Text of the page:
Rachel Simon knew that having a sibling who has a serious intellectual disability had changed her life. But she had no idea that writing a book about the experience would change her life again.
Recalling those early days, Simon says, “I allowed myself only the hope that the book might be well-received and sell enough copies to earn a modest royalty check — $50, say, or, dare I dream it, $100.”
Turns out, she wasn’t dreaming nearly big enough.
On Tuesday, her bestselling memoir, “Riding the Bus With My Sister,” will be reissued in a special 10-year anniversary edition (Grand Central; paperback, $14.99). The book recounts Simon’s efforts to understand the life of her sister by tagging along as the sibling spends her days riding city buses around her home in Pennsylvania.
For both Simon and her sister, Beth, it has been a great ride. Now a staple text among families, teachers, social workers and anyone else interested in the lives of people living with disabilities, “Riding the Bus” has remained continuously in print, and in 2005 it was adapted into a Hallmark Hall of Fame movie directed by Anjelica Huston.
The 10-year anniversary edition includes three new essays: an update on Simon’s life, a reaction from Beth and commentary on the current state of the disabilities community.
“My sister’s doing great,” Simon says from her home in Wilmington, Del. “Spoiler alert: She’s still riding the bus!”
But over the past decade, many things have changed for Simon and her sister — and other people in similar situations. For one thing, Simon says, “When I wrote the book, we used the terminology ‘mental retardation,’ but now we would say ‘intellectual disability.’ ”
That shift in the language signals other, more dramatic improvements. The institutions where so many people who have intellectual disabilities were warehoused for decades are being dismantled (often under court order), and the residents are being moved to small group homes or independent-living arrangements that encourage greater freedom and dignity.
Beth’s family had always opposed placing her in an institution. “We were fiercely behind the idea that Beth belongs in the world,” Simon says. And now state and national policies are quickly catching up with that enlightened attitude. “There’s been such a rise in the idea of self-determination — that people with disabilities have the right to choose how they want to spend their time.”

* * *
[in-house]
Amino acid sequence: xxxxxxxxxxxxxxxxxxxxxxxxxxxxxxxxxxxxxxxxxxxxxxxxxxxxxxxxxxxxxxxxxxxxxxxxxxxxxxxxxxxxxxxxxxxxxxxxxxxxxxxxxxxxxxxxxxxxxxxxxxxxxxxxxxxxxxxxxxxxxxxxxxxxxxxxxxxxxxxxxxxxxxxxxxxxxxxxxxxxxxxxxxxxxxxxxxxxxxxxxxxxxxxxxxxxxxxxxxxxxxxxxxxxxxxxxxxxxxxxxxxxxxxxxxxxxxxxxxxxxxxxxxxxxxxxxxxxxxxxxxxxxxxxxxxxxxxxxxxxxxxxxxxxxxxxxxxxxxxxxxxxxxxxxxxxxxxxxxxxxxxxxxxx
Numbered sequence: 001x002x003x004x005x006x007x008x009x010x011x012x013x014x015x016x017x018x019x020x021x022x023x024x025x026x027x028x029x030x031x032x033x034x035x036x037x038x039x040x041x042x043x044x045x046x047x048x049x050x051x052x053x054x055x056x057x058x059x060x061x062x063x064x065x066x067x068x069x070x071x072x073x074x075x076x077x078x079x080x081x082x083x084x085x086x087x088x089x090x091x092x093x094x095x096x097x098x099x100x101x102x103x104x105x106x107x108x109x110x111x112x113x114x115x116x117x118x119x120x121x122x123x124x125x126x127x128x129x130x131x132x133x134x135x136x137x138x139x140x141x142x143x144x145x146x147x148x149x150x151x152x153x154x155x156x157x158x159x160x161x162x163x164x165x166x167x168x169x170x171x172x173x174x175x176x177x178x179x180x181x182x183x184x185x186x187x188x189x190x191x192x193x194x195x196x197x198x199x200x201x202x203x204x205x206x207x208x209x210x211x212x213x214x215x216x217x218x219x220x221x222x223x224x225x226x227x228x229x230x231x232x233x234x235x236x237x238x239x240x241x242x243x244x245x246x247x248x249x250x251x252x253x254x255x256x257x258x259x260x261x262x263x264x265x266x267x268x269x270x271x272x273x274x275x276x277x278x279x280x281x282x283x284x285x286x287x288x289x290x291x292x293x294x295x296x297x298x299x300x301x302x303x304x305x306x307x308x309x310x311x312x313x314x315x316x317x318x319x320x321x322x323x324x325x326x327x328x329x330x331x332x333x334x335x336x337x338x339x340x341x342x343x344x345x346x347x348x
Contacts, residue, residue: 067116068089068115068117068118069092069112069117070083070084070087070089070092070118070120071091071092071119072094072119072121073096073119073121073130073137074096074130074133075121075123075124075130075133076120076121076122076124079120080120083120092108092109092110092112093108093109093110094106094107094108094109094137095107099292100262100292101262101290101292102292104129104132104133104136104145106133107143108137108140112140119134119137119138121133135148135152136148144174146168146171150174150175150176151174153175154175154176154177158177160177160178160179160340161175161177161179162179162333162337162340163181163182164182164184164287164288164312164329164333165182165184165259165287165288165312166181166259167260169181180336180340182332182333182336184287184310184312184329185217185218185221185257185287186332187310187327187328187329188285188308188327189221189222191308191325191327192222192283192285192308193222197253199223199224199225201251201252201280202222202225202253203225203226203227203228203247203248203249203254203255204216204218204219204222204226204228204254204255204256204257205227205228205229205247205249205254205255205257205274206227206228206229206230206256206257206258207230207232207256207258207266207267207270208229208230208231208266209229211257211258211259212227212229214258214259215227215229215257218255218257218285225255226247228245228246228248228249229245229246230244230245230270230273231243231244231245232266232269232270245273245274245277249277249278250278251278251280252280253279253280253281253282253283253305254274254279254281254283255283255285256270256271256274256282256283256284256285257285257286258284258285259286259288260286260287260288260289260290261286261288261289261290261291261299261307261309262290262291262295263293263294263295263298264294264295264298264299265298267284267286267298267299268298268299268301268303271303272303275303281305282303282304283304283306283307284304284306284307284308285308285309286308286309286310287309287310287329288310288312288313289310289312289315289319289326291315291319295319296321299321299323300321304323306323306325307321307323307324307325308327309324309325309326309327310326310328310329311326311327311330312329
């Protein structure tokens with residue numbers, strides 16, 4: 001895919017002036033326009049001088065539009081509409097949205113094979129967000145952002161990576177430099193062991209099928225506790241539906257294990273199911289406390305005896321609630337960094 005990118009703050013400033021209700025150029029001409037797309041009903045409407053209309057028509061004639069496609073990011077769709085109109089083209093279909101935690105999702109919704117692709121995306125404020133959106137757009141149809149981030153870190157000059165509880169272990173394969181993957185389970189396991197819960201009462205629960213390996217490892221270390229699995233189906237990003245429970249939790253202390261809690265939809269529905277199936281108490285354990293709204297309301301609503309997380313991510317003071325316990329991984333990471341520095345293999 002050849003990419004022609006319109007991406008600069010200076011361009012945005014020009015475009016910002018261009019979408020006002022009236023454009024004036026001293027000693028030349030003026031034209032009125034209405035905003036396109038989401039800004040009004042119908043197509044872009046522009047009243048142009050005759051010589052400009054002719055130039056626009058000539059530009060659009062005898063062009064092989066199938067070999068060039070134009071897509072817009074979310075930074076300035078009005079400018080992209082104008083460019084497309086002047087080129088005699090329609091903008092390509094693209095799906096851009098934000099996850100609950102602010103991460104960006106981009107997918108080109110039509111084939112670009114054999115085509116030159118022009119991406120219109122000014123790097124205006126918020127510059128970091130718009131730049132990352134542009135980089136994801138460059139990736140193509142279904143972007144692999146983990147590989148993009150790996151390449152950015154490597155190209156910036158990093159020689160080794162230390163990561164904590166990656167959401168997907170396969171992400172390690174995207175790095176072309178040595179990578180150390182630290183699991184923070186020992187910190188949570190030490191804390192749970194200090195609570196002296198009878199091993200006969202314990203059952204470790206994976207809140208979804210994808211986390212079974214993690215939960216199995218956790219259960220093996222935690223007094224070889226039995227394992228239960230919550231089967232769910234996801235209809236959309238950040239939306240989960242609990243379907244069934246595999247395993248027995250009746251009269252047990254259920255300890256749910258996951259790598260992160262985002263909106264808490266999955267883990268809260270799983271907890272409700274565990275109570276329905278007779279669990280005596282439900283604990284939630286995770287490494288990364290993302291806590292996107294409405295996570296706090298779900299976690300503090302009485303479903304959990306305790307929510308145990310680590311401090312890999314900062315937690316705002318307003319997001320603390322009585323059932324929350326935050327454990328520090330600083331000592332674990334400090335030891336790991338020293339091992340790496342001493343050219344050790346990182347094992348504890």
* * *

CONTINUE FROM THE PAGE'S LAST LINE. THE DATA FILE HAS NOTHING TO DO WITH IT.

One the many things that surprised Simon was how the experience of observing her sister interact with bus drivers and other passages changed her own attitudes. “In the process of riding with her,” she says, “I recast my understanding of what she was doing as an exercise of her civil rights. The book is really about my enlightenment — coming to terms with her rights.”
And she has great advice for family members and caregivers, too. “It’s very easy when you look at someone with a disability who loves something to call it their ‘obsession,’ ” Simon says. “But you’ve got to rename it their ‘passion.’ That changes everything. Once I did that, it changed my relationship with Beth — and all my other relationships, too.”
Now in addition to her full-time work as a public speaker and advocate for people living with disabilities, Simon finds herself constantly promoting buses, subways and light rail. As she travels around the country, people sometimes tell her, “Oh, we don’t need public transportation around here because everybody drives!”
To that naive generalization, Simon emphatically says: “No! There are people everywhere who will never learn to drive. By not having transportation everywhere, we sentence those people to house arrest or their families to being chauffeurs for life. Public transportation is a key component of an independent life for people who are older, people who are lower income.”
For Simon and her sister, the journey continues. And this 10-year anniversary edition of her memoir is another good chance to get on board.